But along with my love of movies, I'm also fascinated by the process of making movies. I am simply enamoured with all those behind-the-scenes documentaries and audio commentaries and so on. Hence, I was thoroughly enthralled by my visit today to the Museum of Moving Image here in New York. There are fine exhibits explaining all the different departments involved in putting a film together, from writing to editing and everything in between. Plus, scattered throughout the museum are piles of movie memorabilia, including a miniature from Blade Runner, Robin Williams' Mrs. Doubtfire costume, a cast of Al Pacino's face, a shooting script from Citizen Kane and the Chewbacca head that Peter Mayhew wore, amongst many other things. As you can imagine, I was like a kid in a toy store. It really reminded me of the magic of movies.
Last night, I watched one of the few action blockbusters to be nominated for Best Picture, this one from 1981...
Raiders of the Lost Ark
(story by George Lucas and Philip Kaufman)
Harrison Ford, Karen Allen, Paul Freeman, Ronald Lacey, John Rhys-Davies, Denholm Elliott
5 wins, including Best Visual Effects
It almost seems irrelevant to add to the millions of words that have been written about Indiana Jones. The phenomenon began with Raiders of the Lost Ark and it is this first instalment that is generally favoured by critics and fans alike. Consequently, it has achieved such renown that it is far more important than anything I could ever write. Then again, I'm not narcissistic enough to believe that any of my humble reviews ever outshine the objects of their opinions, but in this case, considering the film's blockbuster status, my review may not even shine at all.
Not that you need to be reminded of its story, but in the interests of consistency, here's a quick recap. It's 1936 and archaeologist Indiana Jones (Ford) is sent by US Army Intelligence to procure the much sought after Ark of the Covenant. His ex-lover Marion Ravenwood (Allen) is in possession of an artifact that holds the key to the Ark's location but rival French archaeologist René Belloq (Freeman) and a bunch of Nazis will stop at nothing to find the Ark first.
There is simply no doubt that Raiders of the Lost Ark is pure escapism. With a rugged leading man, a feisty love interest, a trusty sidekick and a scheming foreign villain, you know you're in action/adventure territory. No more than five or ten minutes go by in between action scenes and there is enough adventure and romance to satisfy even the most die-hard fan of the genre.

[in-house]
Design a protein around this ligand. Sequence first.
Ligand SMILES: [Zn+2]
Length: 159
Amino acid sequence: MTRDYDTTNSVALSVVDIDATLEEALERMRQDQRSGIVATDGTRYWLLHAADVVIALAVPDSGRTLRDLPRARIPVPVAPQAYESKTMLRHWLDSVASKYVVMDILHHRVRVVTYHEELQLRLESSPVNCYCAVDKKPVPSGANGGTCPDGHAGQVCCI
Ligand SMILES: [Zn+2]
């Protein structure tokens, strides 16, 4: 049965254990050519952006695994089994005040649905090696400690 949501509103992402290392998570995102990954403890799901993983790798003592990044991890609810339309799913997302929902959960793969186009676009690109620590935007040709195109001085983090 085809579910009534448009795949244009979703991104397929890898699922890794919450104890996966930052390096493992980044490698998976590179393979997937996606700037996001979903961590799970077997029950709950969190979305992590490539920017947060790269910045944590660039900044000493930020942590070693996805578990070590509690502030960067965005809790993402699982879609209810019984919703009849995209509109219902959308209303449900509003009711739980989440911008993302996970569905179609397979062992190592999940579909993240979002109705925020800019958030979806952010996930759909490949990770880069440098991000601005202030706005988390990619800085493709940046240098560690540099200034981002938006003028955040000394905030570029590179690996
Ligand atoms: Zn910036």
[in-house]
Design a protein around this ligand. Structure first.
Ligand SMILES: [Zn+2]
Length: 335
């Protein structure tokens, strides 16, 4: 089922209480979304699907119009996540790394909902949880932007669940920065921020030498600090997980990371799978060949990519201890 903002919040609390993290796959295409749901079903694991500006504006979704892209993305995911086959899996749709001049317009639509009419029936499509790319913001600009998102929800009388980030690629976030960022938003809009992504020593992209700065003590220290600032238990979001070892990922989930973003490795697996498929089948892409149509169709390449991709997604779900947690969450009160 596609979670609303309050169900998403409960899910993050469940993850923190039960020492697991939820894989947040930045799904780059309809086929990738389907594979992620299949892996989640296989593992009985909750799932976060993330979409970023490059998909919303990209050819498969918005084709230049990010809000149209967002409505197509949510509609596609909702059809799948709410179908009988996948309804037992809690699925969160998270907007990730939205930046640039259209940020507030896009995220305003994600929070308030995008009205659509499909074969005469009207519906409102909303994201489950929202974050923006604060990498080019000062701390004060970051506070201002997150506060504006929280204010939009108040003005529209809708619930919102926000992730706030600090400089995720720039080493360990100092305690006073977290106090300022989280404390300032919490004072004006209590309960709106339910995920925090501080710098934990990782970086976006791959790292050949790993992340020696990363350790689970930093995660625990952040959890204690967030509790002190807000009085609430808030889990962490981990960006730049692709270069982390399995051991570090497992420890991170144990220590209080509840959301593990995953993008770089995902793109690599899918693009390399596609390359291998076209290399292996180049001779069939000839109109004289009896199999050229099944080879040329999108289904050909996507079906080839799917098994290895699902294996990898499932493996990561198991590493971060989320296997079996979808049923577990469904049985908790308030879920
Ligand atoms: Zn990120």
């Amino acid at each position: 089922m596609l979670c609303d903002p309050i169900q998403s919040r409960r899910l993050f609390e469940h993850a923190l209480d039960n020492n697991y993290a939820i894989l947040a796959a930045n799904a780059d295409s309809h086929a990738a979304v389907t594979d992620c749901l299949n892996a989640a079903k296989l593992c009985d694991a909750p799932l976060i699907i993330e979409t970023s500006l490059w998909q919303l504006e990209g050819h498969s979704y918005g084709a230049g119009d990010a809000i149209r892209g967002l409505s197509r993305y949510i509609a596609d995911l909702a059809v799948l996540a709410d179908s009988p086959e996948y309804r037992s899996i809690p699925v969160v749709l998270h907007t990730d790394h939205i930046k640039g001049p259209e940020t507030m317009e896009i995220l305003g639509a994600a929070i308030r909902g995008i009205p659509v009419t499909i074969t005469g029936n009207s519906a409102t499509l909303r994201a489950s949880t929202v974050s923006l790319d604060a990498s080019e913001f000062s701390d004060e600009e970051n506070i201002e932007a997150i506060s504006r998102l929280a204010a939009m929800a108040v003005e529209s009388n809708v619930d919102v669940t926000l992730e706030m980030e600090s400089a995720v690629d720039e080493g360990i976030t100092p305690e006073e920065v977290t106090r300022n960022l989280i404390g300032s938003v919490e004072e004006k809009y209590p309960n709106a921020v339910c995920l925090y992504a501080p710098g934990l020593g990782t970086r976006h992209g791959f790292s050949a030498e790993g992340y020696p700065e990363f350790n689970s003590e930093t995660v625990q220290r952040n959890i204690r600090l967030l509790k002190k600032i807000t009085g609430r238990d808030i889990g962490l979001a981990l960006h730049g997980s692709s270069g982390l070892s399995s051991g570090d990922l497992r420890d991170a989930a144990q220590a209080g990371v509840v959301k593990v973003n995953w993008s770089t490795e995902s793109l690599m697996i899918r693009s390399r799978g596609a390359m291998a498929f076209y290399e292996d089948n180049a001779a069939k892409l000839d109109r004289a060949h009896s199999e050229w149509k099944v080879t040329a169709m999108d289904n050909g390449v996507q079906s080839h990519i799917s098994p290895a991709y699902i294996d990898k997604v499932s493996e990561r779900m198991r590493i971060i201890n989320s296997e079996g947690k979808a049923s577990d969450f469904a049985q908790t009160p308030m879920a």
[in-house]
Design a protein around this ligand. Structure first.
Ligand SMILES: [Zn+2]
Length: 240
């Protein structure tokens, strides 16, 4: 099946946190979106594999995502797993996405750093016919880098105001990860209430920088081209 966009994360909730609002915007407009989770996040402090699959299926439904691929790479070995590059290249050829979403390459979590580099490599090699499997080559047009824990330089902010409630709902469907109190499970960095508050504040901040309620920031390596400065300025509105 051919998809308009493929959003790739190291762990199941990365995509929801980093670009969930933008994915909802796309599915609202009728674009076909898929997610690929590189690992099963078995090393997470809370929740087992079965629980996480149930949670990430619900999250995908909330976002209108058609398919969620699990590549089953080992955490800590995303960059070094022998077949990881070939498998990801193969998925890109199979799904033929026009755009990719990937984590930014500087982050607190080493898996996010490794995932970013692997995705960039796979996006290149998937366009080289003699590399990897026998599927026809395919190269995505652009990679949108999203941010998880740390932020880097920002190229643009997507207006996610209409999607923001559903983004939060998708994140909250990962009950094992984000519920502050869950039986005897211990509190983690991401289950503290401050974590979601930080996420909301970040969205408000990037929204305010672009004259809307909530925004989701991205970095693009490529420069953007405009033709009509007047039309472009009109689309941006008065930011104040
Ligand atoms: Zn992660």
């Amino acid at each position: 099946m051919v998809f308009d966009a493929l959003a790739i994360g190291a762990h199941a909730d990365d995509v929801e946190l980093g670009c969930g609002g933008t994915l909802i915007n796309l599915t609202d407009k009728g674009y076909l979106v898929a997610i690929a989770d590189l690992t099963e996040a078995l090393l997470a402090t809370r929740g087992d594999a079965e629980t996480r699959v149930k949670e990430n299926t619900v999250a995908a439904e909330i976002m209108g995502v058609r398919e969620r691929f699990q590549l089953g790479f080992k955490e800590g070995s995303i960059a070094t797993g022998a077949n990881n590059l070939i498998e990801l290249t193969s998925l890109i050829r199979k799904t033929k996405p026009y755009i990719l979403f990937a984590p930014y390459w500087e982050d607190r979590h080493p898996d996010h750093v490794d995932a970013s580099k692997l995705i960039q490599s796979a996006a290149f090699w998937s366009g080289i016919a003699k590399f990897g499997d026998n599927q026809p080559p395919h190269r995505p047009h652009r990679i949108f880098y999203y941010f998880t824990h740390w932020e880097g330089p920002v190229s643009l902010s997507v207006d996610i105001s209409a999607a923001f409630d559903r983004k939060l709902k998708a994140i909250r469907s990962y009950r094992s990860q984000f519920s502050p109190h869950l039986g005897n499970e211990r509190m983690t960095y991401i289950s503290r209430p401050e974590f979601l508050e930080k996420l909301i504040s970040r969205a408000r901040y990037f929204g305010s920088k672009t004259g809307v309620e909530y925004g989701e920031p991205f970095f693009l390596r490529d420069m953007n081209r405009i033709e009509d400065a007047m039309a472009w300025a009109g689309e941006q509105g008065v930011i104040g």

The bulk of the film's entertainment is, of course, embodied in the character of Indiana Jones - a rugged adventurer with the perfect balance of determination and sarcasm. He is just so darn lovable, mostly because he is anything but invincible. In fact, he spends a vast majority of the film in situations where he has no control. At every turn, he seems to bungle along with little clue as to what he's doing, yet somehow he heroically finds his way out of every sticky situation with a delightful sense of humour ... And the audience cheers.
The remarkable John Williams delivers another stirringly memorable score capturing the heroism of the story. I couldn't help but notice, however, the uncanny similarity to elements of his even more memorable score for Star Wars. Granted, every composer has his own distinct style, and perhaps none is more distinct than John Williams, but there were phrases in this orchestration that almost seemed like note for note reproductions.
So rare is it that an action film is recognised by the Academy in the Best Picture category that I am hesitant to discuss the film's flaws. While Raiders is entertaining and adrenalin-pumping, there is little in the way of an emotional journey for the main character. He doesn't really learn anything or grow as a human being. Nor is he positively involved in the film's conclusion which is slightly unsatisfying. His attempts to recapture the Ark from Belloq initially fail and then, when the bad guys are all supernaturally disintegrated (which includes the truly spectacular melting face effect), Indy gains the Ark by default. Even then, when he delivers it to the Army guys, he doesn't even get the satisfaction of seeing it displayed in a museum as he desired. Everything just happens around him without his input ... apart from the fight scenes, of course. He's good at that.
Harrison Ford adopts his role with great confidence, bringing out Indy's exasperated wit marvellously. Karen Allen as the spunky Marion is either annoying or brilliant, I can't decide which. Also worth noting are Paul Freeman, who supplies a dry strength to the sinister Belloq, and John Rhys-Davies, whose jolly Sallah is a nice counterpoint to his irascible Gimli in a more recent blockbuster franchise. And that's a young Alfred Molina making his film debut alongside Indy in the opening Peruvian jungle adventure.